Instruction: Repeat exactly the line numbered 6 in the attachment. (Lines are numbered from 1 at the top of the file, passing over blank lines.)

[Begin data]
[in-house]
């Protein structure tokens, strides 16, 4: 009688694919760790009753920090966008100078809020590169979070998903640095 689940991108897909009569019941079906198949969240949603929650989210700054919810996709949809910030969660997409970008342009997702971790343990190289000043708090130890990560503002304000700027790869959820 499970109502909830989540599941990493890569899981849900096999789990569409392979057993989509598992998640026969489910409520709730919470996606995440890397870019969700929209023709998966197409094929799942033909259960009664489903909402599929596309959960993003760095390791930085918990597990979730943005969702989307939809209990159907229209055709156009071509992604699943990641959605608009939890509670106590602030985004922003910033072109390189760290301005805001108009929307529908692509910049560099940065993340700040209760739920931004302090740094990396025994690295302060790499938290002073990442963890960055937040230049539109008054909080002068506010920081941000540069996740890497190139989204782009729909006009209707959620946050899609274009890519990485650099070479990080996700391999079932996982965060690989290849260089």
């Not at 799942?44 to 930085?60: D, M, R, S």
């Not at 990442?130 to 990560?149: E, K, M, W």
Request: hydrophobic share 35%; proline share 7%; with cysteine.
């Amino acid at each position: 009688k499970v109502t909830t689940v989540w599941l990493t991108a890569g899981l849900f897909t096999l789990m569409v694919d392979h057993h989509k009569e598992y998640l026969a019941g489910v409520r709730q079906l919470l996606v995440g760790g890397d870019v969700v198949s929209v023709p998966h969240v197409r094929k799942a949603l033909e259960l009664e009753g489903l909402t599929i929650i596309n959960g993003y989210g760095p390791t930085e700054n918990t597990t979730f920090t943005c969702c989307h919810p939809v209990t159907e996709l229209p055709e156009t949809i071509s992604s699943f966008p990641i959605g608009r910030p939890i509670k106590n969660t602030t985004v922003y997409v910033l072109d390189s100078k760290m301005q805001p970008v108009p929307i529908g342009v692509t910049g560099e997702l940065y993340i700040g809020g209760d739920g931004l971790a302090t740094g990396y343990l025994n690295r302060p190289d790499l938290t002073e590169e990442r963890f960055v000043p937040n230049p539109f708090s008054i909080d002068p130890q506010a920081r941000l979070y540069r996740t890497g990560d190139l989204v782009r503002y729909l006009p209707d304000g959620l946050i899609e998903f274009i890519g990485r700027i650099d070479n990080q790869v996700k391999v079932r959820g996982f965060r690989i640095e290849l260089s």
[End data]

């Amino acid at each position: 009688k499970v109502t909830t689940v989540w599941l990493t991108a890569g899981l849900f897909t096999l789990m569409v694919d392979h057993h989509k009569e598992y998640l026969a019941g489910v409520r709730q079906l919470l996606v995440g760790g890397d870019v969700v198949s929209v023709p998966h969240v197409r094929k799942a949603l033909e259960l009664e009753g489903l909402t599929i929650i596309n959960g993003y989210g760095p390791t930085e700054n918990t597990t979730f920090t943005c969702c989307h919810p939809v209990t159907e996709l229209p055709e156009t949809i071509s992604s699943f966008p990641i959605g608009r910030p939890i509670k106590n969660t602030t985004v922003y997409v910033l072109d390189s100078k760290m301005q805001p970008v108009p929307i529908g342009v692509t910049g560099e997702l940065y993340i700040g809020g209760d739920g931004l971790a302090t740094g990396y343990l025994n690295r302060p190289d790499l938290t002073e590169e990442r963890f960055v000043p937040n230049p539109f708090s008054i909080d002068p130890q506010a920081r941000l979070y540069r996740t890497g990560d190139l989204v782009r503002y729909l006009p209707d304000g959620l946050i899609e998903f274009i890519g990485r700027i650099d070479n990080q790869v996700k391999v079932r959820g996982f965060r690989i640095e290849l260089s």